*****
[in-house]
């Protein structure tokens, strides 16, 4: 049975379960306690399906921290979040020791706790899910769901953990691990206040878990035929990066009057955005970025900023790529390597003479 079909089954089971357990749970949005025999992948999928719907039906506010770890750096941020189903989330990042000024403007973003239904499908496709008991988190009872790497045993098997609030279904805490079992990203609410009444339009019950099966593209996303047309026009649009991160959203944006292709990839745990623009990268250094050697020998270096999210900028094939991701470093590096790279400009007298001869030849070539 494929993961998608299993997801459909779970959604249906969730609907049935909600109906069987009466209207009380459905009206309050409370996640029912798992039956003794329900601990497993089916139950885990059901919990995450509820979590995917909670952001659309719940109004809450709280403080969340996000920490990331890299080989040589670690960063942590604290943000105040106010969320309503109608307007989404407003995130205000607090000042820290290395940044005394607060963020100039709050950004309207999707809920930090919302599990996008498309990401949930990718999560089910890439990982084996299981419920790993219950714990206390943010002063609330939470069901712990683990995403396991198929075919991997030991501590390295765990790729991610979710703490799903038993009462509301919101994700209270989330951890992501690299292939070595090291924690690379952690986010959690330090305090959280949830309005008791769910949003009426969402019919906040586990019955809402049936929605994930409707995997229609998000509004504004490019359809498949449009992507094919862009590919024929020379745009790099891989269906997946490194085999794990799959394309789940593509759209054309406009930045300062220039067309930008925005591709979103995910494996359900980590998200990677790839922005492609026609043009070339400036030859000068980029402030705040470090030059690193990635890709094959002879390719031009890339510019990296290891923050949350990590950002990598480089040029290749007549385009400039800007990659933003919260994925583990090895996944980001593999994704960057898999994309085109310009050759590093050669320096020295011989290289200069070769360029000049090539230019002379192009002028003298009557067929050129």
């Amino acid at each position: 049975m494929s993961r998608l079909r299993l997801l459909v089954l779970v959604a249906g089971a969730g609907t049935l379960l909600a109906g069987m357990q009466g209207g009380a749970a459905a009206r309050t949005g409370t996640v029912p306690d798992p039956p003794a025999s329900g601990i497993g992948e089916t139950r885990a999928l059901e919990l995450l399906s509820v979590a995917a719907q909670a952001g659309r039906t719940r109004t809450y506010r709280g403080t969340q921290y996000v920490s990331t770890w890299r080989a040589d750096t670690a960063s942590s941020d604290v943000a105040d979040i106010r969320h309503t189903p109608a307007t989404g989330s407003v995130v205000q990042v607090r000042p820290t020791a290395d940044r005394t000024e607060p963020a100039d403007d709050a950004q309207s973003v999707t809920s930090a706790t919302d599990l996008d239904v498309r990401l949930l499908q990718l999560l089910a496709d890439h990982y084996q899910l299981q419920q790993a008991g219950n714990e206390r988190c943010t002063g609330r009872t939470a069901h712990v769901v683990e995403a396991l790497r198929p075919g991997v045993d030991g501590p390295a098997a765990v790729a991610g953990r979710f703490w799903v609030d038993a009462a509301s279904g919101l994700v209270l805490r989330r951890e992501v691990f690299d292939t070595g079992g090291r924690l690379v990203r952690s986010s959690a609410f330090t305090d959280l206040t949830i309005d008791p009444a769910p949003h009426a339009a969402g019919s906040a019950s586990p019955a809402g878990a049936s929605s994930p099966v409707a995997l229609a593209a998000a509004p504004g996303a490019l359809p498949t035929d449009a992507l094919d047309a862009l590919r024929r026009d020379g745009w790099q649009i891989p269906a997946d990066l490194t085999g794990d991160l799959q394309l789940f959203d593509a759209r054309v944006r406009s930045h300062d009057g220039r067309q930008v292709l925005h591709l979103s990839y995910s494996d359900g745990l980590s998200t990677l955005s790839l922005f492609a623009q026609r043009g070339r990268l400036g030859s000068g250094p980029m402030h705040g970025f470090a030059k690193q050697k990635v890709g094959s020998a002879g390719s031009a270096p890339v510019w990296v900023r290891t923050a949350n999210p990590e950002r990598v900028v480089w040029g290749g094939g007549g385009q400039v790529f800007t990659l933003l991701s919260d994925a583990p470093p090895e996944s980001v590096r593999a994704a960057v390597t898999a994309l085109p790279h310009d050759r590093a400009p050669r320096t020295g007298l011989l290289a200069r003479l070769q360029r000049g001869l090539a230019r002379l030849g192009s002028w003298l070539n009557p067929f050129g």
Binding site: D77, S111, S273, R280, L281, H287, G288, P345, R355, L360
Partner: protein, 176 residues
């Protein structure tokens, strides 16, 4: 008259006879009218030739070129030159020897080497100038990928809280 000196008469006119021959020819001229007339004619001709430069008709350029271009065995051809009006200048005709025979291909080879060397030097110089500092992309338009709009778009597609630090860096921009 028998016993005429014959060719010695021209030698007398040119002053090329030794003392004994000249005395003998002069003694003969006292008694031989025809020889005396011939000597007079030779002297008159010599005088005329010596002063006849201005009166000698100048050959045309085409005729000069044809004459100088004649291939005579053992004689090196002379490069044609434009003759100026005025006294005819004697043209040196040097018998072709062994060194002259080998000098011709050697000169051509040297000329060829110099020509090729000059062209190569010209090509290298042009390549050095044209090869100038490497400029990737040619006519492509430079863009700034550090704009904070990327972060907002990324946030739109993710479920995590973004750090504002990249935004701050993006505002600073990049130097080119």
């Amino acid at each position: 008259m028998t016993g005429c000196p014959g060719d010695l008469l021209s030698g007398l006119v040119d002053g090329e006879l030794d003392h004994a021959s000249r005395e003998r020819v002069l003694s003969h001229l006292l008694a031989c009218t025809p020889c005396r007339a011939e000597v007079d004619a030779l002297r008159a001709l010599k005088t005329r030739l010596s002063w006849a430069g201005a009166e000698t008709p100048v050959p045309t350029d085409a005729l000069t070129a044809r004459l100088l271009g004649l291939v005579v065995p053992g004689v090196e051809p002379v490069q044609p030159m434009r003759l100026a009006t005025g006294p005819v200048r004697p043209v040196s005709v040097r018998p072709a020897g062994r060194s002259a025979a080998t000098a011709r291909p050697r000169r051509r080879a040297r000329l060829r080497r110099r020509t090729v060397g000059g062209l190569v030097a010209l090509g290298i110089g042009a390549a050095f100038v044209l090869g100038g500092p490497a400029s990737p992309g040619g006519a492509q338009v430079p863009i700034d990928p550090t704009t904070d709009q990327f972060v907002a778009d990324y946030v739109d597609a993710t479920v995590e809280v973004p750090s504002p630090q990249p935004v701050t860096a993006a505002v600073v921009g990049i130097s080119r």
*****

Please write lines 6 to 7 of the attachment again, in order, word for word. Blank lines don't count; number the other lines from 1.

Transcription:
């Protein structure tokens, strides 16, 4: 008259006879009218030739070129030159020897080497100038990928809280 000196008469006119021959020819001229007339004619001709430069008709350029271009065995051809009006200048005709025979291909080879060397030097110089500092992309338009709009778009597609630090860096921009 028998016993005429014959060719010695021209030698007398040119002053090329030794003392004994000249005395003998002069003694003969006292008694031989025809020889005396011939000597007079030779002297008159010599005088005329010596002063006849201005009166000698100048050959045309085409005729000069044809004459100088004649291939005579053992004689090196002379490069044609434009003759100026005025006294005819004697043209040196040097018998072709062994060194002259080998000098011709050697000169051509040297000329060829110099020509090729000059062209190569010209090509290298042009390549050095044209090869100038490497400029990737040619006519492509430079863009700034550090704009904070990327972060907002990324946030739109993710479920995590973004750090504002990249935004701050993006505002600073990049130097080119």
């Amino acid at each position: 008259m028998t016993g005429c000196p014959g060719d010695l008469l021209s030698g007398l006119v040119d002053g090329e006879l030794d003392h004994a021959s000249r005395e003998r020819v002069l003694s003969h001229l006292l008694a031989c009218t025809p020889c005396r007339a011939e000597v007079d004619a030779l002297r008159a001709l010599k005088t005329r030739l010596s002063w006849a430069g201005a009166e000698t008709p100048v050959p045309t350029d085409a005729l000069t070129a044809r004459l100088l271009g004649l291939v005579v065995p053992g004689v090196e051809p002379v490069q044609p030159m434009r003759l100026a009006t005025g006294p005819v200048r004697p043209v040196s005709v040097r018998p072709a020897g062994r060194s002259a025979a080998t000098a011709r291909p050697r000169r051509r080879a040297r000329l060829r080497r110099r020509t090729v060397g000059g062209l190569v030097a010209l090509g290298i110089g042009a390549a050095f100038v044209l090869g100038g500092p490497a400029s990737p992309g040619g006519a492509q338009v430079p863009i700034d990928p550090t704009t904070d709009q990327f972060v907002a778009d990324y946030v739109d597609a993710t479920v995590e809280v973004p750090s504002p630090q990249p935004v701050t860096a993006a505002v600073v921009g990049i130097s080119r």